Hon John Quigley LLB JP MLA

Hon John Quigley LLB JP MLA

Attorney General; Minister for Commerce

    State Government awards compensation to Gene Gibson

    18/04/2018 12:45 PM
    • $1.5 million allocated for compensation to Gene Gibson who was wrongfully convicted of the manslaughter of Josh Warneke 

    The McGowan Labor Government will make a compensation payment in the sum of $1.3 million to Mr Gene Gibson.  


    Mr Gibson is a young indigenous man from the remote community of Kiwirrkurra, who was convicted on his plea of guilty to manslaughter of Joshua Warneke in Broome in 2010.


    After Mr Gibson had been sentenced, the police investigation into the death of Mr Warneke was the subject of three reviews.  


    The police investigation which led to the prosecution and conviction of Mr Gibson for manslaughter was found to be flawed.  


    Mr Gibson served about four years and eight months in prison before the Court of Appeal set aside that conviction and acquitted Mr Gibson of the charge in April last year.   


    The total allocation for the payment is $1.5 million.  


    $1.3 million will be paid into a trust to be administered by the Public Trustee, and an additional $200,000 will be set aside for management fees to be incurred by the Public Trustee in the administration of that trust.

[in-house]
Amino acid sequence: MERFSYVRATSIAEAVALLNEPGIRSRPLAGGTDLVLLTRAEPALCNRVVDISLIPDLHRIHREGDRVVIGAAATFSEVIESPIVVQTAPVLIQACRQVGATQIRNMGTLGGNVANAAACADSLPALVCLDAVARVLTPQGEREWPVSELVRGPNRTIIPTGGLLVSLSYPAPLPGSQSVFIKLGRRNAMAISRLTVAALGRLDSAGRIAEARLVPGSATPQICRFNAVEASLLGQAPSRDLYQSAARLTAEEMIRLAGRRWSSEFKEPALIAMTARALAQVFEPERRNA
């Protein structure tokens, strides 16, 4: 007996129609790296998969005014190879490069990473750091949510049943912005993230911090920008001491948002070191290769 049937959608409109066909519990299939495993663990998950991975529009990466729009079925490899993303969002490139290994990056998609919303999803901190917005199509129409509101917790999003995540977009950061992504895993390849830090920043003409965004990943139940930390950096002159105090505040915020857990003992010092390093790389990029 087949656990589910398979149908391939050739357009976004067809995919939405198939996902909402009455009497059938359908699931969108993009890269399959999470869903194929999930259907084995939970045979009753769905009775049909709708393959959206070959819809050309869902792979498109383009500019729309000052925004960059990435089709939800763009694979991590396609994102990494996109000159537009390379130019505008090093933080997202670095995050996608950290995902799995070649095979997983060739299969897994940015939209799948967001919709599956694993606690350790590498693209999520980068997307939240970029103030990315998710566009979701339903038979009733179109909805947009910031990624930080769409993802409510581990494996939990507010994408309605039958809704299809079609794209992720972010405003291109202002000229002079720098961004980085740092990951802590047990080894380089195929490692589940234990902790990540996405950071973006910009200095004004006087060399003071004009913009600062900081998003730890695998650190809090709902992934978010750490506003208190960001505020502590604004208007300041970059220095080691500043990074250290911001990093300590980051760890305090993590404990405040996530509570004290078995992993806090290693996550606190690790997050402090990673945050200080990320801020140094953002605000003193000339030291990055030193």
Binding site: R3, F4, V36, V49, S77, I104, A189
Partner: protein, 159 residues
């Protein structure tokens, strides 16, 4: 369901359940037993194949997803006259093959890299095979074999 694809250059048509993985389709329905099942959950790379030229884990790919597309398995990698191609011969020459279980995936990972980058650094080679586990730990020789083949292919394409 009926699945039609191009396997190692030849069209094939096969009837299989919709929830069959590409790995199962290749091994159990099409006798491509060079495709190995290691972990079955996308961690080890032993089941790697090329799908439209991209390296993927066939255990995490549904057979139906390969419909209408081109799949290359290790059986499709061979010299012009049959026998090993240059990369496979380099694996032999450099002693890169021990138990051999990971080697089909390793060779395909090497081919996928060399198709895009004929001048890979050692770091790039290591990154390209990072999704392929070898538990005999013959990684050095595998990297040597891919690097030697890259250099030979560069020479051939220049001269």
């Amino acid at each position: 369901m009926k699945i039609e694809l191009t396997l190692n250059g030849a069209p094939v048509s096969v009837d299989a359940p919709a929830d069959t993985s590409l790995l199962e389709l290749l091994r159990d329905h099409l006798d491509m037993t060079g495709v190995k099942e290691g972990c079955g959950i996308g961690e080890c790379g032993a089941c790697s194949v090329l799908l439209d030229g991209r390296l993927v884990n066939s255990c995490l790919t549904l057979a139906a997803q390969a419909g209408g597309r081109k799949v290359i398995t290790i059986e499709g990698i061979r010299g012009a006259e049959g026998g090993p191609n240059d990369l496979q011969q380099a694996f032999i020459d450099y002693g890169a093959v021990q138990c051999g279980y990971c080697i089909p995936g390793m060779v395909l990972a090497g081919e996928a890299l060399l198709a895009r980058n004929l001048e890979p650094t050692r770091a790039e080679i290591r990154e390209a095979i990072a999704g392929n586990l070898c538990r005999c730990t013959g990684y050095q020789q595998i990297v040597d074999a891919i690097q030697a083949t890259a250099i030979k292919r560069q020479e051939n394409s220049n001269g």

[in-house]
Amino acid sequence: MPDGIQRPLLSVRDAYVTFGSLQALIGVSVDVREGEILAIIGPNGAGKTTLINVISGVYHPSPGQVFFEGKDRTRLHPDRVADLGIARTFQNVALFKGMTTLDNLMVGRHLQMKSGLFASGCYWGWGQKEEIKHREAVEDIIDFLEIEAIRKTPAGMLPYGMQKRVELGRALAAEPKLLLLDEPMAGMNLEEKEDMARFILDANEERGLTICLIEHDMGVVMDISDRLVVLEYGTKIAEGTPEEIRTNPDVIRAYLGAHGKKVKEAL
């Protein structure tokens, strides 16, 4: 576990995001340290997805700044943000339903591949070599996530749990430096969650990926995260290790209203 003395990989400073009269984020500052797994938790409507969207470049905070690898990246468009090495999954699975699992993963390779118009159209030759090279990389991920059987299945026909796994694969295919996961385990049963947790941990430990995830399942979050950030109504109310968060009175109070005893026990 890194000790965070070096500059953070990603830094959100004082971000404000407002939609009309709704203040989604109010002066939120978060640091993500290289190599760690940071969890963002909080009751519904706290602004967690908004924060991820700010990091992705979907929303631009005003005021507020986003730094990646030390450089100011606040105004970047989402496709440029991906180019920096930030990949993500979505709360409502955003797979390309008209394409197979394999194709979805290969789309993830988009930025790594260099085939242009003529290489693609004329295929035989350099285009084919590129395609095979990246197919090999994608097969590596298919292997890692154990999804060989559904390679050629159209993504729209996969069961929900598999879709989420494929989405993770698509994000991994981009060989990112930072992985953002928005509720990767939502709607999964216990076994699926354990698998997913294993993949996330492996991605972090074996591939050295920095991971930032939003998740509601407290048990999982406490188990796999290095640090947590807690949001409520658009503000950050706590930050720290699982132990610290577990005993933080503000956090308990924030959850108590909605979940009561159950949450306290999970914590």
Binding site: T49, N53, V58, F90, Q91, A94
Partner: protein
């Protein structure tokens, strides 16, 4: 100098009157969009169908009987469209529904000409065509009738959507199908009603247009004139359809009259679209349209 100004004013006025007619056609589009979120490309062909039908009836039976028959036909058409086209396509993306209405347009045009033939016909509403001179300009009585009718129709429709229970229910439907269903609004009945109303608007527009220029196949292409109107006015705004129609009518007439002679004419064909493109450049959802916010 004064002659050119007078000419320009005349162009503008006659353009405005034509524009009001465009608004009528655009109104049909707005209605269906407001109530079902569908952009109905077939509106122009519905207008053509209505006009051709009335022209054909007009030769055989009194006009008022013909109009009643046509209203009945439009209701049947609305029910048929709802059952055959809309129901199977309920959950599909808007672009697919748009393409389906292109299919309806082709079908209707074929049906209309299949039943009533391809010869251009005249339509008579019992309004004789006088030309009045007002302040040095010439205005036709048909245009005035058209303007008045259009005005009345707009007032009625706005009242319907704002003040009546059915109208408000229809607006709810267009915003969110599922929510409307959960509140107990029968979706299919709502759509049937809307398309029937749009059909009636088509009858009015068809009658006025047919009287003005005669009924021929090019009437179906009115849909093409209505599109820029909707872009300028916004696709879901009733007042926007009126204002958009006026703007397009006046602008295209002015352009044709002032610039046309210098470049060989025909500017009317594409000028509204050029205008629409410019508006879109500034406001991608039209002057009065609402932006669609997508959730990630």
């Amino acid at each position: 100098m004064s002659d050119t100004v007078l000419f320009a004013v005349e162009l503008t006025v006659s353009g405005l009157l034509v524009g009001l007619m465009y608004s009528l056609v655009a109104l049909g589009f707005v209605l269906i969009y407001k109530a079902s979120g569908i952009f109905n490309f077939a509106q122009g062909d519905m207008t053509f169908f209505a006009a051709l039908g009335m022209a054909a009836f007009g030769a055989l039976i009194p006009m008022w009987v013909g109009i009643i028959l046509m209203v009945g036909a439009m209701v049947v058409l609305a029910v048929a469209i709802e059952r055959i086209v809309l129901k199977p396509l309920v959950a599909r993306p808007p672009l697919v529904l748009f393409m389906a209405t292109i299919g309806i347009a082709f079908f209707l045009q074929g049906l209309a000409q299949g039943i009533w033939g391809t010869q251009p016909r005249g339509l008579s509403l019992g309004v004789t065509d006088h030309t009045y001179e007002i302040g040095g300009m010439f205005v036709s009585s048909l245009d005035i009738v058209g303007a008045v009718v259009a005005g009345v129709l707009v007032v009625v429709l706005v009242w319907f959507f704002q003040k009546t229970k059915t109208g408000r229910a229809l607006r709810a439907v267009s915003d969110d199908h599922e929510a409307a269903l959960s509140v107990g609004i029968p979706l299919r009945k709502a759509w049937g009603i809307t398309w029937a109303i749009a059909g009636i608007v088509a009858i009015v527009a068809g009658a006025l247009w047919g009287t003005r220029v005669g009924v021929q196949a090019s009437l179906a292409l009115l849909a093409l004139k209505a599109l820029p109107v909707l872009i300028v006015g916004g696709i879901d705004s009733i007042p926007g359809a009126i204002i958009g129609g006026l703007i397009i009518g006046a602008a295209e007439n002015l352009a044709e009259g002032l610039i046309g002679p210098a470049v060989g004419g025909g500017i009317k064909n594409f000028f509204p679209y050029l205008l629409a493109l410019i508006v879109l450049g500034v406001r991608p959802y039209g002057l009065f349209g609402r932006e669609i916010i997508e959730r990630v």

Comments attributed to Attorney General John Quigley:  


    "The State makes this payment in recognition of the miscarriage of justice suffered by Mr Gibson.   


    "In making this payment, the State has taken into account the flaws in the investigation, Mr Gibson's vulnerability, loss of liberty, and the hardship, hurt and loss he would have experienced as a result of his conviction and imprisonment.


    "The State believes that a payment of $1.5 million is appropriate in all of the circumstances and adequately reflects the gravity of the wrong done to Mr Gibson by the State, as well as the fees that will be incurred by the Public Trustee.


    "Given the high incidence of indigenous people who suffer from cognitive disabilities, the McGowan Labor Government is committed to progressing reforms to the Criminal Law (Mentally Impaired Accused) Act.


    "Given the longstanding and widely recognised deficiencies with the current legislation and the complex matters addressed in it, we will ensure the reforms are appropriately designed, drafted and implemented.    


    "The suite of reforms, which are under development, will bring WA into line with the rest of Australia and improve human rights standards and procedural fairness."


    Attorney General's office - 6552 6800